Python Code Kata 4
April 10, 2010
I’ve started working through Dave Thomas’s Code Katas, as previous readers to this blog will be aware. I tackled the previous kata (Code Kata 2: Karate Chop) in Clojure as a way to help learn Clojure. I was planning to attempt the next kata in either Clojure or Erlang, but decided I would implement a solution using my usual language: Python.
The kata is in three parts, and I had to resist the urge not to read ahead and spoil the process. You can find the details of the kata at http://codekata.pragprog.com/2007/01/kata_four_data_.html
Part 1 involved reading values from a weather data file. The data in the file looked like a plain text conversion of an HTML page and had a bit of surrounding fluff that needed to be ignored in order to parse the tabular data. Through sheer laziness, I opted to use a regular expression to match lines with the data I was looking for and scoop the data out.
Part 2 was a similar task, but with football data. In this case, using the regular expression was more of a pain so I decided to split each line on whitespace and use only those rows that could be split into 12 items. All the rows I was looking for matched this criteria and it was quick to do. Unlike the first program, I ended up with more fields than I was planning to need.
Now comes the interesting bit: part 3. The task was to take the two programs and factor out the common parts.
To what extent did the design decisions you made when writing the original programs make it easier or harder to factor out common code?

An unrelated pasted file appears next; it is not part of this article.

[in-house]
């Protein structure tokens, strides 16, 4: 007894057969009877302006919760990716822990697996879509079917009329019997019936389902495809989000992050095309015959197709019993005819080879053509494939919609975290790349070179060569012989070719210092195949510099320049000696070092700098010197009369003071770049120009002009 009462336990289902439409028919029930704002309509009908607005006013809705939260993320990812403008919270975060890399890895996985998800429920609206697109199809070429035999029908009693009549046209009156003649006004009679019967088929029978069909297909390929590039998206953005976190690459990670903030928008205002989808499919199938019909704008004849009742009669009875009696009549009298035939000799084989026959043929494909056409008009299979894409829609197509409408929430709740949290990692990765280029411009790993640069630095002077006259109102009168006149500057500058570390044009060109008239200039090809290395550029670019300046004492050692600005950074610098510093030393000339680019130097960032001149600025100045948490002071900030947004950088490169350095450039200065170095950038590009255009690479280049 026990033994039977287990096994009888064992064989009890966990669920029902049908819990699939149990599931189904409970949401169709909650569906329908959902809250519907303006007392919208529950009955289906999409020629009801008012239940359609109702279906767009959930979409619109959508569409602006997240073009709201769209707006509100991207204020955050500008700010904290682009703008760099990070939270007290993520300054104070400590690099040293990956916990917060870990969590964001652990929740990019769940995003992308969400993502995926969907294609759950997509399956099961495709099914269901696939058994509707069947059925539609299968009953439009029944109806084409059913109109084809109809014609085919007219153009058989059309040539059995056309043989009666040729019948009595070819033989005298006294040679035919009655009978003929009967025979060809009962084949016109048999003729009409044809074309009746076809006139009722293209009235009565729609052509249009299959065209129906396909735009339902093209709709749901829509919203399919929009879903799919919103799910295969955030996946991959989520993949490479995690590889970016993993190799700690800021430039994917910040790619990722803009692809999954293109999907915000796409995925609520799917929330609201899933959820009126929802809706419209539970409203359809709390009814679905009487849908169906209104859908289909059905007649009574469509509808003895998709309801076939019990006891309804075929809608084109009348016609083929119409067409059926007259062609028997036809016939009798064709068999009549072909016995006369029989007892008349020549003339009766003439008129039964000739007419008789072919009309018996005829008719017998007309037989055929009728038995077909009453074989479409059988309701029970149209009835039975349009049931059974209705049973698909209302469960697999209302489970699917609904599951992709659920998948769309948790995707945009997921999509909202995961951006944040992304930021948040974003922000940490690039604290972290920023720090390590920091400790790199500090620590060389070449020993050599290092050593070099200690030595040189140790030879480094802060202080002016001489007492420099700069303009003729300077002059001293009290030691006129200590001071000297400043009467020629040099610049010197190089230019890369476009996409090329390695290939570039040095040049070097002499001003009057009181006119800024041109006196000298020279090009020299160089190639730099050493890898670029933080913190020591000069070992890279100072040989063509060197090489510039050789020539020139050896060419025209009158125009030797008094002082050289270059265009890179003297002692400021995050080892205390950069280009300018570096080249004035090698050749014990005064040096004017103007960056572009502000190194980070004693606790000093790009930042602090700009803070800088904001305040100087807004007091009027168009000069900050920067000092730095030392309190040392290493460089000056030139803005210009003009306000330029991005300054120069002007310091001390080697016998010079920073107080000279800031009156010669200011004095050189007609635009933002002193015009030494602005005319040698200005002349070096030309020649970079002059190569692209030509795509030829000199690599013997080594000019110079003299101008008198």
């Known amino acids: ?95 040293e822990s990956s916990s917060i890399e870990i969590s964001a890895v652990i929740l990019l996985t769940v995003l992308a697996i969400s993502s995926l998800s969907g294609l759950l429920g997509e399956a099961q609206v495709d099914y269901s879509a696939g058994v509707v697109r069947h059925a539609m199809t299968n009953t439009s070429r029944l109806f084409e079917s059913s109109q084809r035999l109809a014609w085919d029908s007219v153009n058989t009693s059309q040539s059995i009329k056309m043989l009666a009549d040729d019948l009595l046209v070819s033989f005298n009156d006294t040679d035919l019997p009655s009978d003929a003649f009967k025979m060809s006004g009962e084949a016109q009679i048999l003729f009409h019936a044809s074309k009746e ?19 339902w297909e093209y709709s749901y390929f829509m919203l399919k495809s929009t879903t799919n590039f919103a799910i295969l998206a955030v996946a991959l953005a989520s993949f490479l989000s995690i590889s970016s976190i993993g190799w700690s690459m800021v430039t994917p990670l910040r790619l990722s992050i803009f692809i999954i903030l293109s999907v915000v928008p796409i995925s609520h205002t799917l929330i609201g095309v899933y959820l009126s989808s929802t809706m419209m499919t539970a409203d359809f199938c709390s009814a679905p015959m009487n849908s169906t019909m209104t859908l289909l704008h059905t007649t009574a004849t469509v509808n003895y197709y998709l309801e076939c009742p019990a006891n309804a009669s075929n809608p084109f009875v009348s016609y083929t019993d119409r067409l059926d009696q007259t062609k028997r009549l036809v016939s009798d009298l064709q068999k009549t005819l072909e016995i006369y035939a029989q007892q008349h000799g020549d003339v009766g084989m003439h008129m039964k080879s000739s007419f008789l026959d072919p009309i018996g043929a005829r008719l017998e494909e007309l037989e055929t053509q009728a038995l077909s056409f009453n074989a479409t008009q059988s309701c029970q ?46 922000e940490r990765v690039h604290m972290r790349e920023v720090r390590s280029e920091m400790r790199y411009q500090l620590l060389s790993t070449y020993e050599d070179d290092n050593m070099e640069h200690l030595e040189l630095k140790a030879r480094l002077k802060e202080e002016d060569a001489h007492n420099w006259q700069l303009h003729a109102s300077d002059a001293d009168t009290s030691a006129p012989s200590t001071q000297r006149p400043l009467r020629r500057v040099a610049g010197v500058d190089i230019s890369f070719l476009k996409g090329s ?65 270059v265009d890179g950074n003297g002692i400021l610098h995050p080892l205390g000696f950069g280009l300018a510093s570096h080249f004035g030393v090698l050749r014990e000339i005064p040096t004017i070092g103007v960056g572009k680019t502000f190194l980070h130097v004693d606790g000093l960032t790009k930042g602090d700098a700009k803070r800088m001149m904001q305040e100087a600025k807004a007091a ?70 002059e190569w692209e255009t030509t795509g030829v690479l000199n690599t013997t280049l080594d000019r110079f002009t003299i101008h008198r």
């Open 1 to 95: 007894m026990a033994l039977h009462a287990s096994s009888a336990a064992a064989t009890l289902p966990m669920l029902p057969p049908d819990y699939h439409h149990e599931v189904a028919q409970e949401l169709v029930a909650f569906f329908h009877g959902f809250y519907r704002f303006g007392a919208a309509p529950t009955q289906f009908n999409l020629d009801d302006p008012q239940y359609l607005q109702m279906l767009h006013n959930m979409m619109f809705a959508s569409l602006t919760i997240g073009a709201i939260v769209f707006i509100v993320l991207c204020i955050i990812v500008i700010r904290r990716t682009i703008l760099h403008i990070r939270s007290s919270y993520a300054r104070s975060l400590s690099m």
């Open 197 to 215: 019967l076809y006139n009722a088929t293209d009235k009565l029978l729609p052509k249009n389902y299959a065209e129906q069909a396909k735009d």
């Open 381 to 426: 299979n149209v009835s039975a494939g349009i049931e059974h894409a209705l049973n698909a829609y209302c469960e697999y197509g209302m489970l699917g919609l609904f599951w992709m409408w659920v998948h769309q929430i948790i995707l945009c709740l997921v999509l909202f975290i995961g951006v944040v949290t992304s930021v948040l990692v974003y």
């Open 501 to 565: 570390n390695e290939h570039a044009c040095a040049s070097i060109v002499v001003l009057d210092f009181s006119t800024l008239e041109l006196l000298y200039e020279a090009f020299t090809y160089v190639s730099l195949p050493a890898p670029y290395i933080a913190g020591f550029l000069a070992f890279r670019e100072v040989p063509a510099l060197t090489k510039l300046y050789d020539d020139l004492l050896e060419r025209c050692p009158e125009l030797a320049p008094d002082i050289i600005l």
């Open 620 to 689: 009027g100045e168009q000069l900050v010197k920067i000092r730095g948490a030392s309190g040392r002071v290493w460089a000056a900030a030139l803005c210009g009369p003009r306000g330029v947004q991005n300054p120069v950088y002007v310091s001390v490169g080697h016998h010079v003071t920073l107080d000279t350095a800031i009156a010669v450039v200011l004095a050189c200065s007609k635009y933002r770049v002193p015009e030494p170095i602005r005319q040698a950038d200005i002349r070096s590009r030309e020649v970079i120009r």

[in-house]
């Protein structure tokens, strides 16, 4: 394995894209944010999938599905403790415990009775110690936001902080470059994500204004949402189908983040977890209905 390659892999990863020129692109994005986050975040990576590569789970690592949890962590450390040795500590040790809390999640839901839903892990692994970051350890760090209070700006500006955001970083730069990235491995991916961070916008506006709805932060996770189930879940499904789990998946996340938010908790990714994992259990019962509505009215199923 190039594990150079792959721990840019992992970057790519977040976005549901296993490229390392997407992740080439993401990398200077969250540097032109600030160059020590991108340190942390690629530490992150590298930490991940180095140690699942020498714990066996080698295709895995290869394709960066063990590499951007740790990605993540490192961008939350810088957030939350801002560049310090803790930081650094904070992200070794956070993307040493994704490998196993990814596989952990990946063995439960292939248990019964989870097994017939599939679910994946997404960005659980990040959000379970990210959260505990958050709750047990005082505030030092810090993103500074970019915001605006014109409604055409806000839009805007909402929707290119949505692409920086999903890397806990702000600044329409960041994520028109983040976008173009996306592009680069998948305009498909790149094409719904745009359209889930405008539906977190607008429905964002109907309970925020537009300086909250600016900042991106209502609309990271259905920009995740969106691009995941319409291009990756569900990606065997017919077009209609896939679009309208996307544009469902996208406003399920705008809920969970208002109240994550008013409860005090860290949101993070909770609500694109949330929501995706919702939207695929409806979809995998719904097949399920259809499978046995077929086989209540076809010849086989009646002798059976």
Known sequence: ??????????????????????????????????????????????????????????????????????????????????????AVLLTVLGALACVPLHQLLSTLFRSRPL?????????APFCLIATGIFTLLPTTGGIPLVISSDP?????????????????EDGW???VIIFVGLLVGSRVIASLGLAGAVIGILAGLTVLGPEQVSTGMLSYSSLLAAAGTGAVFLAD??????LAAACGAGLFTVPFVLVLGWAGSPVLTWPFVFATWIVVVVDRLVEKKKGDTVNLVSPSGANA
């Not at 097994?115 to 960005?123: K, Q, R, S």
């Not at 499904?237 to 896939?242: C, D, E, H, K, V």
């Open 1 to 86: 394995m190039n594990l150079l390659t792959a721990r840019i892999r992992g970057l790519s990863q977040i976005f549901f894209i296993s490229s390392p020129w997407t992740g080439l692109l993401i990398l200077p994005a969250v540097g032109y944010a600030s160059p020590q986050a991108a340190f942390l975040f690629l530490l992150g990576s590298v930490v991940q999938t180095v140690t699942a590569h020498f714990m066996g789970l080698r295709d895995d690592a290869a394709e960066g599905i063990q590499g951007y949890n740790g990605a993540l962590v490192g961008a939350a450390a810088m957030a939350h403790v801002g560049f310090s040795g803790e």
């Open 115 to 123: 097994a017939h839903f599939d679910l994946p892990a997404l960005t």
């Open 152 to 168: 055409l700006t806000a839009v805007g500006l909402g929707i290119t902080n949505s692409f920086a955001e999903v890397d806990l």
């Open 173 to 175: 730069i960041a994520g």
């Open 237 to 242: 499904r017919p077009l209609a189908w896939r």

In both cases, the code was in two functions. The first function parsed the data file, returning a list of valid rows. The second function took the list and identified the row which had the smallest difference of two values. There was a definite duplication of code in both, with differences in logic. The parsing functions iterated over the files the same, but the data extraction differed sufficiently. The other function was much more similar between the two programs.
Take the two file parser functions. For part 1:
def parse_file( filename ): data_file = open( filename, "r" ) data =  for line in data_file: match = DATA_LINE_RE.match( line ) if match: dy = int(match.group(1)) mxt = int(match.group(2)) mnt = int(match.group(3)) data.append( (dy, mxt, mnt) ) return data
and part 2:
def parse_file( filename ): data_file = open( filename, "r" ) data =  for line in data_file: columns = WHITESPACE_RE.split( line ) if len(columns) == 12: data.append( columns ) return data
The core of both functions can be distilled down to this:
def parse_file( filename, extraction_function ): data_file = open( filename, "r" ) data =  for line in data_file: extracted_data = extraction_function( line ) if extracted_data: data.append( extracted_data ) return data
The domain-specific logic is now encapsulated in a function passed to parse_file. I can easily substitute new logic for future problems by passing in a different function. The extraction function should return either a tuple/list or a value that equates to false if no data could be extracted. I’ve used None in my code but an empty list would also suffice if it made sense for the problem at hand.
The second function in part 1 looks like this:
def print_day_with_smallest_spread( data ): smallest_day = None smallest_spread = None for dy, mxt, mnt in data: spread = mxt - mnt if smallest_spread > spread or smallest_spread is None: smallest_day = dy smallest_spread = spread print smallest_day
In part 2 it looks like this: